This work by HineWaiKerekere won the National Emerging Practitioner in Clay Award sponsored by the Rick Rudd Foundation.
In the river town of the historic pools of Whanganui. Decades whirl together like creative whirlpools, made visible in the diverse and rich heritage architecture, hiding a heart that can also be both conservative and provincial. This, you notice, a town whose mayor once had a TV Mastermind topic ‘The Life and Work of David Bowie’.
This architectural swimming pool is crowned with neoclassical glory on a hill that was once Pukenamu Pā: Sarjeant Gallery Te Whare o Rehua – which is set to reopen with a major extension next spring. From there, you gaze at an array of distinctive municipal buildings, as if it were an organized collection. Heritage and the arts come together here in design.
Whanganui is known for its glass artists, but for me it is even more a place of ceramics. I imagine the clay in this brown water of the river settling, the eddies of the river accumulate on the potter’s wheel. Transport was once dominated here by boats (the subject of an ongoing Sarjeant exhibition) and so ships dominate artistic production: pots, plates, bowls, tumblers and cups. Adventurous structures – like these buildings – to hold things.
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On Pukenamu, there is a peace memorial designed by Ross Mitchell-Anyon, a local potter and former city councilor who saved many historic buildings. Six thousand handprints embedded in ceramic tiles form a giant spiral.
Artists roll up their sleeves and invest in the city’s heritage. Just down the hill in an Edwardian stone Druid Hall is the WHMilbank Gallery. After 28 years at the helm of Sarjeant, Bill Millbank was dismissed by a completely different type of mayor for the gallery extension project. It continues to provide space for many artists.
Then, just across from Moutoa Gardens, ceramicist Rick Rudd takes care of a less conventional but no less interesting heritage: a distinctive office building from the 1960s with a first floor addition from 1979. It offers a house, a frame and – with windows all around – floods of light to more than 1000 pieces of contemporary and historical ceramics. The construction and the collection come together to demonstrate excellence and innovation in design, beyond fashion.
Rudd opened the Quartz Museum of Studio Ceramics in 2015 to show his own collection of works. He bends the limits of form and function with a sinuous line and a sharp wit. Rudd’s collection of other works, however, is such that he also showcases important works by some of our finest ceramicists and can present, animatedly in a modest room through beautiful objects, a history of ceramics from Aotearoa workshop.
This effort was supercharged in 2019 by the remarkable collection legacy of the late Wellington collector, Simon Manchester. In a room currently on display are the works of four dynamic contemporary potters who enjoy playing acutely, happily with art and social history: Richard Stratton, Martin Poppelwell, Paul Maseyk and Andy Kingston. Next door is a veritable Aladdin cave from Manchester’s work, demonstrating his keen sense of new ideas: from Dane Mitchell to Wi Taepa. Elsewhere, Rudd has organized rooms dedicated to John Parker, Elizabeth Lissaman, Len Castle and Anneke Boren. Each artist surprises me with the daring and diversity of their practices over time.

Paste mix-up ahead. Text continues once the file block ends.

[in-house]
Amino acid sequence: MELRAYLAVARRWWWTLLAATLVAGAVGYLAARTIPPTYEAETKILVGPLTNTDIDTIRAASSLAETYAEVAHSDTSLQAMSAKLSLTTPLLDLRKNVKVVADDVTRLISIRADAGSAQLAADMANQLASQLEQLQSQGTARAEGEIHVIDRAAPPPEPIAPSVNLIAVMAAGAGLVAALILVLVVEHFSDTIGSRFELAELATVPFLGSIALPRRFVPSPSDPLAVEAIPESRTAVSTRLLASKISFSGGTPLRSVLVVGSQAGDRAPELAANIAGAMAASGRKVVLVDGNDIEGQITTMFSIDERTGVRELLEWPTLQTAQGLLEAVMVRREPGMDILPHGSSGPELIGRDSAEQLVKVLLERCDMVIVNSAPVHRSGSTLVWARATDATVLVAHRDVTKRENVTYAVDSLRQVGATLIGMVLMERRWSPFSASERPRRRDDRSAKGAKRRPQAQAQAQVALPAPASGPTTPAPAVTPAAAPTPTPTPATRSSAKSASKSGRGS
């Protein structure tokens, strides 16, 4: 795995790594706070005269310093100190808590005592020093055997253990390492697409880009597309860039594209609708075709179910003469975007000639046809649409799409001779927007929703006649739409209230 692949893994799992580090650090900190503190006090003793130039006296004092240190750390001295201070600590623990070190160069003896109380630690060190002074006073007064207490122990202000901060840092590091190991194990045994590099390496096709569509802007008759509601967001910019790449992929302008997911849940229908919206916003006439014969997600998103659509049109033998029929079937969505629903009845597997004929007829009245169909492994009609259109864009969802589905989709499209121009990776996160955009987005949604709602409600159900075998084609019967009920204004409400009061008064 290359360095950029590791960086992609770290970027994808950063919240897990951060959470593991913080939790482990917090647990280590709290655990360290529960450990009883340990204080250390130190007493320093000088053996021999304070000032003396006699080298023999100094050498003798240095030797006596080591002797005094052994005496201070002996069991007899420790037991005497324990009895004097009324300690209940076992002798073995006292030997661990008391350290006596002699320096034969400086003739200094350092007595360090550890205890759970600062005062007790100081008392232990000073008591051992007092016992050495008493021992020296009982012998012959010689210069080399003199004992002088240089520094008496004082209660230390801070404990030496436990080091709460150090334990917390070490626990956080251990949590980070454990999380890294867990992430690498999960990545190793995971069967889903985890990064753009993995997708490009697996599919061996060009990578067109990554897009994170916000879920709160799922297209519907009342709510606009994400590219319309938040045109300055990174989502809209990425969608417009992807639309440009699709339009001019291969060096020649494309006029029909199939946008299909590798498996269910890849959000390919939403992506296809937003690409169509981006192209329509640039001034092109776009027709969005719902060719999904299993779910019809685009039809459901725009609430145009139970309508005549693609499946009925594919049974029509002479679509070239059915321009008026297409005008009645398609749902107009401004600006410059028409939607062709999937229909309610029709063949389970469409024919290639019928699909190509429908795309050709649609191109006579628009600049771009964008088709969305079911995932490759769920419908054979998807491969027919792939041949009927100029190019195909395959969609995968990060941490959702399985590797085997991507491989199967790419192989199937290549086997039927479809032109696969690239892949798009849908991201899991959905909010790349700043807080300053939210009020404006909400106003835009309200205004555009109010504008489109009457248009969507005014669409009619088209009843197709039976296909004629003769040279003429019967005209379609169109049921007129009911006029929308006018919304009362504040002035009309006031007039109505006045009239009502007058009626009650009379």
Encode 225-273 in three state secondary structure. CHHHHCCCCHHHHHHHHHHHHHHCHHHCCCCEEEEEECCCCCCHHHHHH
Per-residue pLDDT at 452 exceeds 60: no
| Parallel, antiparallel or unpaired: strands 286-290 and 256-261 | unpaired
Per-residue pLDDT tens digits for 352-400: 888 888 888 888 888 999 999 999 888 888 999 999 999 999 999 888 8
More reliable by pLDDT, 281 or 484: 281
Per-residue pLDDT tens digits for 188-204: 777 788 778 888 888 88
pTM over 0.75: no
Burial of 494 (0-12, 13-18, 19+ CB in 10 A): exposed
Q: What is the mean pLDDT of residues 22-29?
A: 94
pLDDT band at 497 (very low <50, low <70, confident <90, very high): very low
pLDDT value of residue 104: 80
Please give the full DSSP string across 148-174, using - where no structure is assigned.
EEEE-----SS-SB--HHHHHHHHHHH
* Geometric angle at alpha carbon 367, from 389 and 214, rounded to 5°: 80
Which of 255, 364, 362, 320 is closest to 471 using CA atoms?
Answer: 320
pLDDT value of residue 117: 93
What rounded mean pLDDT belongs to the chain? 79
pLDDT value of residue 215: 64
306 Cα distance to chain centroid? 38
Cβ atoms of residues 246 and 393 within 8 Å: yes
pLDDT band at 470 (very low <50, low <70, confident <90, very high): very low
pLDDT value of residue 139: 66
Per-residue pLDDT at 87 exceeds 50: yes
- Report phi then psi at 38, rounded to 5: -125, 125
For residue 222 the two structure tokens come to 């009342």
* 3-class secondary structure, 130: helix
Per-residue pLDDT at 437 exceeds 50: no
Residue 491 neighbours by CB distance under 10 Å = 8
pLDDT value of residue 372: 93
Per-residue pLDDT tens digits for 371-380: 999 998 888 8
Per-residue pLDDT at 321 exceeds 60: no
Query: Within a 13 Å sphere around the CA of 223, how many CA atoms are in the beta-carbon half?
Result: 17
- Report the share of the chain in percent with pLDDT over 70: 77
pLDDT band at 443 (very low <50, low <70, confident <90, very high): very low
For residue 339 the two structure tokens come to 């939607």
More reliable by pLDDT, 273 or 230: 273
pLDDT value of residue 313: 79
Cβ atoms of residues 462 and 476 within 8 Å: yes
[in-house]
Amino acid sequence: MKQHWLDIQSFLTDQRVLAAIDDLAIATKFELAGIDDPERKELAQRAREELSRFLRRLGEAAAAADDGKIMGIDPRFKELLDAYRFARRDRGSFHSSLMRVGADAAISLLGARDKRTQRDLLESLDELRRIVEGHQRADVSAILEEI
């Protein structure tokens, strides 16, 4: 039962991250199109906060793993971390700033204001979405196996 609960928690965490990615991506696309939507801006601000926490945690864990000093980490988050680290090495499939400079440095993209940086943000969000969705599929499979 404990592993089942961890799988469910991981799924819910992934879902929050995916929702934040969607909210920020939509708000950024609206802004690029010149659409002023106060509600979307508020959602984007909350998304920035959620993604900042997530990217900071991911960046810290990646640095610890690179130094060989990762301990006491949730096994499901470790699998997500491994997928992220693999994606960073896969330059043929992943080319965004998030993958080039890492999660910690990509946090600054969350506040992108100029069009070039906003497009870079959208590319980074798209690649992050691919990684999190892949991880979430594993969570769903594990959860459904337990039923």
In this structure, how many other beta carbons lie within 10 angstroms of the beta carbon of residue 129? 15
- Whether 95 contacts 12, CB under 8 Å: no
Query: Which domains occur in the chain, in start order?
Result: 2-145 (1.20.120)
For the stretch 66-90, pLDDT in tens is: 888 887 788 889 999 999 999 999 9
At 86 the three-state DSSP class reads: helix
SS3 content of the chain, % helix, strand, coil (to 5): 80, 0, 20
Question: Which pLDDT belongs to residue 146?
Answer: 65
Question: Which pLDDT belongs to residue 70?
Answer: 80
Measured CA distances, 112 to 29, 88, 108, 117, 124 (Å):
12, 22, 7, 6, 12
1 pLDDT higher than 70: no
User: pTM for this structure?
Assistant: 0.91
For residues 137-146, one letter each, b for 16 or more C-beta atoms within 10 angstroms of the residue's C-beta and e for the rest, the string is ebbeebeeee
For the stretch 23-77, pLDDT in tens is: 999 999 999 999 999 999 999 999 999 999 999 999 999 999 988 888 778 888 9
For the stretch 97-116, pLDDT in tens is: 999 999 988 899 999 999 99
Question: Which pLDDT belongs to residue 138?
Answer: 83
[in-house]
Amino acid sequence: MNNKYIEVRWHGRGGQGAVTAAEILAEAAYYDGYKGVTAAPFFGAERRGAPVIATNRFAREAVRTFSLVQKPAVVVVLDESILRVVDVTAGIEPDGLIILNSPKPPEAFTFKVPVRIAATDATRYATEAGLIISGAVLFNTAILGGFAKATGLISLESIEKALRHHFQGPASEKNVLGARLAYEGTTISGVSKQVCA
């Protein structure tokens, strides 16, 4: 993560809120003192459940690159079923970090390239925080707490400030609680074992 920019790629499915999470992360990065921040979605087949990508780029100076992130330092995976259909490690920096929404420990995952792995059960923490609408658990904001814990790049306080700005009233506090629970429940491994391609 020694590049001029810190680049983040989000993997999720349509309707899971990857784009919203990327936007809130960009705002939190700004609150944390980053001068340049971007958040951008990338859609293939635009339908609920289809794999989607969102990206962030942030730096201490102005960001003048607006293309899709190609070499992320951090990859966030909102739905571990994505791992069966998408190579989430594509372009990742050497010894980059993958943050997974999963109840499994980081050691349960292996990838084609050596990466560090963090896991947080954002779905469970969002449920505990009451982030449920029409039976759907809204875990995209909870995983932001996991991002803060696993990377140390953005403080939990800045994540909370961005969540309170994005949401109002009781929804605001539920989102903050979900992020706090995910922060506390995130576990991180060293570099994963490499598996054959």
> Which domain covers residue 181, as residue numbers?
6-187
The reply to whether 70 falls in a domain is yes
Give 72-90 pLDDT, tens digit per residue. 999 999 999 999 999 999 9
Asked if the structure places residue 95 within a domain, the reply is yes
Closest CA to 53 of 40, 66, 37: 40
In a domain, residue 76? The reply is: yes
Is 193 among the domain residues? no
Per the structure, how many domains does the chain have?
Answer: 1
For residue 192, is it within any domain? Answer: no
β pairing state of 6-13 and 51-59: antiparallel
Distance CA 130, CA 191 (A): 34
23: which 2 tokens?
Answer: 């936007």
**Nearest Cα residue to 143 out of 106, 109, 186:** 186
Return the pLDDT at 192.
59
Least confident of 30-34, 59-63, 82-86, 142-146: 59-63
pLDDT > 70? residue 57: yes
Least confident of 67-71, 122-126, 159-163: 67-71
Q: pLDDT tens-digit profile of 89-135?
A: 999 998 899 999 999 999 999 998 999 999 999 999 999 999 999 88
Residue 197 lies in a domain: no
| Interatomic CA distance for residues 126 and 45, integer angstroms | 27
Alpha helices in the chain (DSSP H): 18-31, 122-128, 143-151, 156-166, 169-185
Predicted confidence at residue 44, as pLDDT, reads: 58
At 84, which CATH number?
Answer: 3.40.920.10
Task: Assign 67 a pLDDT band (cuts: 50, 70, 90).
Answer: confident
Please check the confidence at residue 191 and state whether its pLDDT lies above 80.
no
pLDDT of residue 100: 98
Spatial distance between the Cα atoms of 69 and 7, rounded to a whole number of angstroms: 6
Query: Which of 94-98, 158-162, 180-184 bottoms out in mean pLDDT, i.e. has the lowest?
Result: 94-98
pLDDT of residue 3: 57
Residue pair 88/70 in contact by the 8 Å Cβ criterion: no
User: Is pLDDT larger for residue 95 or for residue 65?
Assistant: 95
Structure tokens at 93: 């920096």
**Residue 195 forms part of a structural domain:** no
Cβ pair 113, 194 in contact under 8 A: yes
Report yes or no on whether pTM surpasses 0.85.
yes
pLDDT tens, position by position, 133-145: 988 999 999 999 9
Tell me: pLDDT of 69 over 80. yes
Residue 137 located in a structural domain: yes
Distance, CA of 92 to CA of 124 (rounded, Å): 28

There are lots of people here, but Rudd has a keen sense of understanding. And I love how these displays – with windows opening all over the river and city – counteract the closed minimalism of the white cube gallery. Currently, in a bank safe downstairs is a well-presented line of fancy but more utilitarian mugs, teapots and bowls from Mitchell-Anyon.
Maori ceramics is one collector’s area that quartz could strengthen, making its strength all the more in the National Emerging Practitioner in Clay Award sponsored by the Rick Rudd Foundation. HineWaiKerekere winner’s work “Kererū i roto i te nikau” may seem cheesy given its subject matter, if not for the sophistication of the glaze, the daring mix of distinctive techniques and the use of varied clays. The work is at the same time of this whenua, raw and anchored, but adorned like a ceremonial chalice.
The 29 works presented speak of the diversity of new practices, with artists from various backgrounds: from the repetitive stacking in the towers of Rose Bourke, recently graduated from Elam, coarse and domed clay rings, embodying the human growth, to Angus Horne’s review of the 3D printed Maori-derived pattern. terracotta. And as a testament to the growing ceramic community in Whanganui, 2018 winner of this award Oliver Morse has since moved to Whanganui. His work presented here is all a figurative drawing resembling a spider on ships. They have a human frailty expressing an almost diaristic emotional response through touch.
Ceramics abound elsewhere. Across the city, pop art ceramists the Rayner Brothers show performers at 85 Glasgow Street. And from Quartz, you can quickly get to the river and the Wanganui Potters Society headquarters, as well as the nearby Light and Vessel Pottery Studios.
Around the corner, it’s the last weekend at the Sarjeant gallery of the remarkable traveling installation Julia Morison To manage[case]. A labyrinth of black shelves houses eerie alien fake heads; ceramic vessels for psychic leaks through appendages that range from sagging breasts and spinal cord to antennae and taps, suggesting occult trepanation rituals.
- Emerging Practitioner in Clay Award 2021, Quartz Museum of Ceramic Art, until April 3, 2022. Headcase, Julia Morison, Sarjeant Gallery, until October 24.